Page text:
My greatest hope for my children is that they will be kind–I care way more about that than if they are academic or athletic or musical or even responsible. I just hope with all my heart that they will be good to the people around them–to notice those who are left out or hurting and be the one to reach out a hand of friendship.
Maybe you also share this desire for your children. Have you ever wondered, like I have, if kindness can be taught? Do you just sort of have to cross your fingers and hope your kids end up with a naturally kind temperament–or are there lessons and activities that we can do as a family that will increase the chances of them developing this trait?
Today’s guest is going to give us so many ideas of ways to build a culture of kindness and community involvement in our homes. Amanda Ferraioli has been an elementary school teacher for 13 years, and she also teaches yoga and mindfulness to children and adults. Most importantly, she is the parent to three amazing and active children, ages 7, 5, and 1.5. I’m so grateful to Amanda for her time in sharing with our community about this super important topic.
1) Model self care and kindness for your little ones. This means prioritizing filling your own bucket in addition to filling the buckets of others, no matter how busy you are. Show your kids what it looks like to care compassionately for yourself and talk compassionately to yourself. When you model self-respect for your kids, they will better understand that ALL human beings deserve respect and kindness.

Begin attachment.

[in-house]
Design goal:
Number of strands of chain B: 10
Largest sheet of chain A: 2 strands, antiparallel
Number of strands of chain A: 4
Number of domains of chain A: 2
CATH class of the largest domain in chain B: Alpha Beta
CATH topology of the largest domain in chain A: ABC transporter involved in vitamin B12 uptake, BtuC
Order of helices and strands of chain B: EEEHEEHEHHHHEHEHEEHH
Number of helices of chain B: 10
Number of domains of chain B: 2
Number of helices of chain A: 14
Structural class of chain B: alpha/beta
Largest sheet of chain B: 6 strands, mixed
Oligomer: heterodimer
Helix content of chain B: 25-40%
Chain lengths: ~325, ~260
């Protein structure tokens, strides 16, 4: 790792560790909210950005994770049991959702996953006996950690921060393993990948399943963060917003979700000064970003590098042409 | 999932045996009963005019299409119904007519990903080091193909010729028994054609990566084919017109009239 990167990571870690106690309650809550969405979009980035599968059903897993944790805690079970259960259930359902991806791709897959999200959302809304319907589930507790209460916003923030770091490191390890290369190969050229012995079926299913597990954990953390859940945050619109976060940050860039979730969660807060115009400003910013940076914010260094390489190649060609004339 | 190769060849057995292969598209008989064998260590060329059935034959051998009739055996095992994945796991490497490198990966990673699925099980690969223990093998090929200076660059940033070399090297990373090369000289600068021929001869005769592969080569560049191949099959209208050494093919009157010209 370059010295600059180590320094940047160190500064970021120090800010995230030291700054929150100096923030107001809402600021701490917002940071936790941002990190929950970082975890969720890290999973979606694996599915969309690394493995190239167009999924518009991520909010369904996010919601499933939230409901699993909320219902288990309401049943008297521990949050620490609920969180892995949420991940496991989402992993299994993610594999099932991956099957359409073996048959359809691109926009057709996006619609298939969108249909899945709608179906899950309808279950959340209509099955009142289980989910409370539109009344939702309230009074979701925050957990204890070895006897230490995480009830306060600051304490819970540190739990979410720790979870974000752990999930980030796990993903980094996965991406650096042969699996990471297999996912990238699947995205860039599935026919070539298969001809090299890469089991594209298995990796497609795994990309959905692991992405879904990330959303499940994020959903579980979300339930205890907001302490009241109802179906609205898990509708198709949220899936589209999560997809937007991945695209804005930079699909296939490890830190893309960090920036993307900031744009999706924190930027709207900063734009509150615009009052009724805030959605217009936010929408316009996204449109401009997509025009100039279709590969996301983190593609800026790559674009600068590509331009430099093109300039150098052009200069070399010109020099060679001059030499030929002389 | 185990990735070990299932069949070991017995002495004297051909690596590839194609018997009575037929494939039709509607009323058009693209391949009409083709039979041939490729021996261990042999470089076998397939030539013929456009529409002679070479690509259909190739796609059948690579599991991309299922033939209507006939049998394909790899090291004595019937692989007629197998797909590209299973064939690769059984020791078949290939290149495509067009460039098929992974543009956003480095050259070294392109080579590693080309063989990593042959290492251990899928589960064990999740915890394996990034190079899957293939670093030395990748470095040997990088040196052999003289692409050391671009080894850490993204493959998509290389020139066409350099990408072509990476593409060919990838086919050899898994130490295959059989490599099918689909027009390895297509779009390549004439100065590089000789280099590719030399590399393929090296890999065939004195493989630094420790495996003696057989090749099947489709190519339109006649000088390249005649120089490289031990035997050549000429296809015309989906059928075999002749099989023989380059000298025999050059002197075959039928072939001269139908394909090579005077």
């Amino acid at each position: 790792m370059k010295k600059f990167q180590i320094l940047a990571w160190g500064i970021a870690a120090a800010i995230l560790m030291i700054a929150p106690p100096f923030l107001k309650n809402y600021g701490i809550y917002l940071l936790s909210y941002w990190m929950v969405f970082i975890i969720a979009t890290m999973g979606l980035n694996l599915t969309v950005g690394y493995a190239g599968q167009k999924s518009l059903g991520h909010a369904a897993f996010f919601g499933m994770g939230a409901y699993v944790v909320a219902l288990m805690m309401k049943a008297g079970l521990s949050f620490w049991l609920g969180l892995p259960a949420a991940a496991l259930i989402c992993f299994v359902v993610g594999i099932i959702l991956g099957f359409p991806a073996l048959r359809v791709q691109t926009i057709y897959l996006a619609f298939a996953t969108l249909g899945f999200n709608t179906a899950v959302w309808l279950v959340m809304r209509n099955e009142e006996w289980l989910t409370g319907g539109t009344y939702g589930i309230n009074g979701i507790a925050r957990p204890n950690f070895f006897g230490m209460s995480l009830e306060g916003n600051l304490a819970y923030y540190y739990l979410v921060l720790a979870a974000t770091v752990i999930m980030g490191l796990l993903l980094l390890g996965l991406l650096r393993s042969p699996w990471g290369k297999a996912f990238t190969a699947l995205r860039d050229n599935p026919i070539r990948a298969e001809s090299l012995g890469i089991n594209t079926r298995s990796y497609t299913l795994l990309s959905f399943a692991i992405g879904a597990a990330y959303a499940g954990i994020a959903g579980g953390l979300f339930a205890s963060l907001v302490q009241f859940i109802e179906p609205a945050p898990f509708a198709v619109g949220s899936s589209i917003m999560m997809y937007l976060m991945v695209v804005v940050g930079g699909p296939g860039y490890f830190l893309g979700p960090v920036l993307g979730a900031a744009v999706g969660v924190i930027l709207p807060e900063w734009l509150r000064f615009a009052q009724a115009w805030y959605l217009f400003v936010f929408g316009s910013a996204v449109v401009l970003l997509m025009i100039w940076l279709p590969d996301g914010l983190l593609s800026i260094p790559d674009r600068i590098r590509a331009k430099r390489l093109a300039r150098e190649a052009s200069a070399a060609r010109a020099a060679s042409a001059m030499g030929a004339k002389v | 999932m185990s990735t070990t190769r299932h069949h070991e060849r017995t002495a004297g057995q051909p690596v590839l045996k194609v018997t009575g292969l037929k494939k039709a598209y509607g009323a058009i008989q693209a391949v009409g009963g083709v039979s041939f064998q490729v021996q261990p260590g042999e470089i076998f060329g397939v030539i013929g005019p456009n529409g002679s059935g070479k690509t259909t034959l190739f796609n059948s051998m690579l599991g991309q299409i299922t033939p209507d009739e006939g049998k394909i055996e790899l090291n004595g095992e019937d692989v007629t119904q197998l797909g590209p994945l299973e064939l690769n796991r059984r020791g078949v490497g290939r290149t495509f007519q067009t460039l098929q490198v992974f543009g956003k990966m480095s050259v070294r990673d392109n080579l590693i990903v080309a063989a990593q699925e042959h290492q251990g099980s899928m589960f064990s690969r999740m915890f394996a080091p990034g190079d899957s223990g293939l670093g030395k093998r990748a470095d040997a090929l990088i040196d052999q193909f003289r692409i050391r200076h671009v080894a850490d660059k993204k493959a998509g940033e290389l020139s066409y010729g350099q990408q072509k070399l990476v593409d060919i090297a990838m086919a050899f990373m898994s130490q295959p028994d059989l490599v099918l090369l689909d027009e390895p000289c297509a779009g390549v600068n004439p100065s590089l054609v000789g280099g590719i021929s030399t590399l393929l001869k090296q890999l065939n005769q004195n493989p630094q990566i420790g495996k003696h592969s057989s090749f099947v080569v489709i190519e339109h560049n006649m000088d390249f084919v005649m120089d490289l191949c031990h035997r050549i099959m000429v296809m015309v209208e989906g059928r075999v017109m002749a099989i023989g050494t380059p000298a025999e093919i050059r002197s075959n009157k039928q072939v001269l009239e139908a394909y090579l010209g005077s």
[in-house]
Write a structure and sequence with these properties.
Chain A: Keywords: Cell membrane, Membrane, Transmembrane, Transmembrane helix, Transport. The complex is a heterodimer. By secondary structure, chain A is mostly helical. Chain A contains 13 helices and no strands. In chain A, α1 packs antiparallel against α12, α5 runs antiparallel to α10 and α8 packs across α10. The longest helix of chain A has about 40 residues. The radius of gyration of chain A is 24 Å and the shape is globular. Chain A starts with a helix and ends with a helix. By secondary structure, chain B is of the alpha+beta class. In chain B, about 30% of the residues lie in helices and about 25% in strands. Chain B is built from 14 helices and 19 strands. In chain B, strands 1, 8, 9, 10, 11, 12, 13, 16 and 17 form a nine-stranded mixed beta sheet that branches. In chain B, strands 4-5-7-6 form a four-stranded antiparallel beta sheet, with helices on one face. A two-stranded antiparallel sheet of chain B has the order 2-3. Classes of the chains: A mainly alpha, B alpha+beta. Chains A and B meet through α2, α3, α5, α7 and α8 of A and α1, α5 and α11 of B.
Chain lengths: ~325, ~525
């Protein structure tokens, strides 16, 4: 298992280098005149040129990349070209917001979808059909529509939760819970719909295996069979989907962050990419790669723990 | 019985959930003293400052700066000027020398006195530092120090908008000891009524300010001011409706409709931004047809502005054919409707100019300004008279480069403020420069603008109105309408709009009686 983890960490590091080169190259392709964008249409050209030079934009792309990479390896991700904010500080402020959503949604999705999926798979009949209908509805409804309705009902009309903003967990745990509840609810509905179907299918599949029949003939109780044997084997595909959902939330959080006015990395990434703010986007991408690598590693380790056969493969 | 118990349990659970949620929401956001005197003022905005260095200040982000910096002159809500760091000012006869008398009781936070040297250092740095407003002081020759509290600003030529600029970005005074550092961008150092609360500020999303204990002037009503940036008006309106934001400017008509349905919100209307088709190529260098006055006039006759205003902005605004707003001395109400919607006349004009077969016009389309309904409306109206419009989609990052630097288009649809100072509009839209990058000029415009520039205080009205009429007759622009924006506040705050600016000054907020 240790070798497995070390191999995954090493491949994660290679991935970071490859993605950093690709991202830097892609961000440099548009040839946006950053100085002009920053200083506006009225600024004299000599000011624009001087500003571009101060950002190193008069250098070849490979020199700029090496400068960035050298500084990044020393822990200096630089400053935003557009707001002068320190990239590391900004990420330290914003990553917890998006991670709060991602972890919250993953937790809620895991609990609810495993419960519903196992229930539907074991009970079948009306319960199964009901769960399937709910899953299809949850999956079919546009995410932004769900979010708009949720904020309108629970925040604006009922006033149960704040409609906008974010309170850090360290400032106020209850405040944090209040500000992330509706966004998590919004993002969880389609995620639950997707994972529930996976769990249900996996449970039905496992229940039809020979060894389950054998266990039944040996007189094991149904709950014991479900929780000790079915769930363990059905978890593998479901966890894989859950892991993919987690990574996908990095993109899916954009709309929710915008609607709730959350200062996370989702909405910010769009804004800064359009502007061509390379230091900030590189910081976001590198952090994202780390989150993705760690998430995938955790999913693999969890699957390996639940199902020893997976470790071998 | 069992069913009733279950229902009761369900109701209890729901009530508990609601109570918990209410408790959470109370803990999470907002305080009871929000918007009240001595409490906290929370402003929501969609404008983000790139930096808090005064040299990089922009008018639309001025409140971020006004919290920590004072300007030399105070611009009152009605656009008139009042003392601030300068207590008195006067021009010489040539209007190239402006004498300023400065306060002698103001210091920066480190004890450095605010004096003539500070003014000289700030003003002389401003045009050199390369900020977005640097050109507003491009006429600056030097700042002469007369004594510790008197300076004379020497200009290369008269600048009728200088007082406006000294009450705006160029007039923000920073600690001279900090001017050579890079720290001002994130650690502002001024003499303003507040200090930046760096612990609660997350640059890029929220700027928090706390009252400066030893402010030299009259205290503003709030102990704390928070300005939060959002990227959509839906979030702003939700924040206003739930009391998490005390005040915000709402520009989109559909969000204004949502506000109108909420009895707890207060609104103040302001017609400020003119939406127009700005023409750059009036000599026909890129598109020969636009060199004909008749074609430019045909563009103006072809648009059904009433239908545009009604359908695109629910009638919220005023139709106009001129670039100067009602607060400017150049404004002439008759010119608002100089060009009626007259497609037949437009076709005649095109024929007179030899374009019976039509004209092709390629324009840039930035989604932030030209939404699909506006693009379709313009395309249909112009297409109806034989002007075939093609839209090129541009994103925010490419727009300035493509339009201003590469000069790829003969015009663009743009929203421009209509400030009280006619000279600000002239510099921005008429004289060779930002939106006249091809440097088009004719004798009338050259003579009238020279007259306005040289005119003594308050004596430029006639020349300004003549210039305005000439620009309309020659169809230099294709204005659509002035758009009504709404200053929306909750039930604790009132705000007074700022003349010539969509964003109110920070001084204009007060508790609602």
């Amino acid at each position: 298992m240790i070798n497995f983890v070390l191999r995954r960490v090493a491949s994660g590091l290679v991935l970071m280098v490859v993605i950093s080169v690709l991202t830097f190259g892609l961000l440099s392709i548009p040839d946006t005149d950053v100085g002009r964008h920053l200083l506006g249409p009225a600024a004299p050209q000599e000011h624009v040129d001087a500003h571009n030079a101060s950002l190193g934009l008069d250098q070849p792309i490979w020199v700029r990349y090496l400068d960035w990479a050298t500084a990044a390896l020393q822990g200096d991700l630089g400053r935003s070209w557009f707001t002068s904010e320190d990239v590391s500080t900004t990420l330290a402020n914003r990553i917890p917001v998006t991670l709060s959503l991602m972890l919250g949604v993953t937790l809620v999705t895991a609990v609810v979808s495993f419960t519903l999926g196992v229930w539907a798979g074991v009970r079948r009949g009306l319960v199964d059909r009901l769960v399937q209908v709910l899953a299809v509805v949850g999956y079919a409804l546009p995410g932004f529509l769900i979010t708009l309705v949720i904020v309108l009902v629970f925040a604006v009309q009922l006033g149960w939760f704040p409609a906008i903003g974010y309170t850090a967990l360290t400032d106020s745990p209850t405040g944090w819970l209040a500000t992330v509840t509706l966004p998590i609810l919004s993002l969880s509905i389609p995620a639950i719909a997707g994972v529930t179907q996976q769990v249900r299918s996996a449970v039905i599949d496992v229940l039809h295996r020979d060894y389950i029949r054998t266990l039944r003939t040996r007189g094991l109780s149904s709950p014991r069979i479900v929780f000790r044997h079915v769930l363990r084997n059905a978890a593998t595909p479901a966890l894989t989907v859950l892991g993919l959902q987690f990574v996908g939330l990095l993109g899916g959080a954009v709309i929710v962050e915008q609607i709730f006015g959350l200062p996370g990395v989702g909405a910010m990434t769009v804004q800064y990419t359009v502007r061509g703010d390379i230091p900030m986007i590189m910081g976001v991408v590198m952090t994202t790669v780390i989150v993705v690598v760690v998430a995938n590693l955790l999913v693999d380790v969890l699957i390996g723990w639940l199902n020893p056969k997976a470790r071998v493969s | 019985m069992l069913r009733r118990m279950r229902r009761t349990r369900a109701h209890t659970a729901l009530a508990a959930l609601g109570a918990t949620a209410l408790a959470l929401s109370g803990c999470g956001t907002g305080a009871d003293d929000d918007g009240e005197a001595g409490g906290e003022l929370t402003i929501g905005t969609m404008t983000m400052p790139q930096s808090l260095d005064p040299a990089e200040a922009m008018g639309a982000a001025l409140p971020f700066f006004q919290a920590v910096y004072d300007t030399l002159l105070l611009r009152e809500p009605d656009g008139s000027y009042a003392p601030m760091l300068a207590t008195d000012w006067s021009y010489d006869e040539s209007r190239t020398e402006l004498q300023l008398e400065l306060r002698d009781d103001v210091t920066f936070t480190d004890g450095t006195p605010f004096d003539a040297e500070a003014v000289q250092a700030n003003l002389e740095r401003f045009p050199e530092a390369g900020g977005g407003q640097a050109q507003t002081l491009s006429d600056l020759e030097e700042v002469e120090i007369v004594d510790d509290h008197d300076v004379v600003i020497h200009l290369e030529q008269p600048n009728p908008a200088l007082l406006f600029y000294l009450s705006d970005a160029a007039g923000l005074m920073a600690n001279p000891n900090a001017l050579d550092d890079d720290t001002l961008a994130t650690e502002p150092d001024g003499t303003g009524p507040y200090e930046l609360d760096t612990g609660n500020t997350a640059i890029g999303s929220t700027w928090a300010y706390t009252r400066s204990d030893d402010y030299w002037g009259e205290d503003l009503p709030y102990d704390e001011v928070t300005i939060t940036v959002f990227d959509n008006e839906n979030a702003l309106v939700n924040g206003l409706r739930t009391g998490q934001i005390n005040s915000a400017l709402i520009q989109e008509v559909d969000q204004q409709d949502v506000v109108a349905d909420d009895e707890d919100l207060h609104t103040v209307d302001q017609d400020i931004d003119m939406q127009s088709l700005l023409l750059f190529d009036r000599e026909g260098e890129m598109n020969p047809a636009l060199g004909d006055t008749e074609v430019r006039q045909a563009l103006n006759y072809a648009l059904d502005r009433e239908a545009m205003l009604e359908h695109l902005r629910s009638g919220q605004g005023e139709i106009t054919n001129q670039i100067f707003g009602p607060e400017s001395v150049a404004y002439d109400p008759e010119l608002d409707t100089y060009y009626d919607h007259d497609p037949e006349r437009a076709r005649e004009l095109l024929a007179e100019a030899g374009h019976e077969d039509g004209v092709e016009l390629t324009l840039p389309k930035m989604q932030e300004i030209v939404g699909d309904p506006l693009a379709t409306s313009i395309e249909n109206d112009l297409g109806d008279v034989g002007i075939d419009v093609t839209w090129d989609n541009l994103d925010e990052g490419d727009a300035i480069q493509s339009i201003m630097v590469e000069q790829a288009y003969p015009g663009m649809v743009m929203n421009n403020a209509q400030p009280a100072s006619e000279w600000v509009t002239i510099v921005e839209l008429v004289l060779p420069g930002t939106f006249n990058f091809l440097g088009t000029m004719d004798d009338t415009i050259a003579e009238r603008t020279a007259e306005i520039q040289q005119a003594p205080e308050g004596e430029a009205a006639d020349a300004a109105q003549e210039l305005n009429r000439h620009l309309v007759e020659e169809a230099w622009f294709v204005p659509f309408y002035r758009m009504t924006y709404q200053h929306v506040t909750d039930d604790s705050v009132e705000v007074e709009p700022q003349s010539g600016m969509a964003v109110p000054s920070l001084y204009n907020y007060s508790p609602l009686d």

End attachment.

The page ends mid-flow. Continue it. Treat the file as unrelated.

2) Find new hobbies, interests, and organizations to donate your time to and most importantly, let your child in on these interests. Talk to them about how your work professionally–or your hobbies and passion-causes–are blessing others’ lives, and allow them to help you and feel a part of that. I loved the visual of Amanda’s children helping her to set up her classroom every year.
3) Allow your child to see what it means to live in community by setting the example. Reach out to your neighbors, in big and small ways. Notice people around you who need a helping hand and invite your children to join you in brainstorming how you might help. If you want to take on a bigger project, consider researching a cause together and doing a lemonade stand to raise money. Or you could do something that is unique to your child’s interests, like the community lending library that adds to the feeling of community in your neighborhood.
>>>Are these tips from Amanda Ferraioli helpful? What would you add to the takeaways? Tell us in the comments below.
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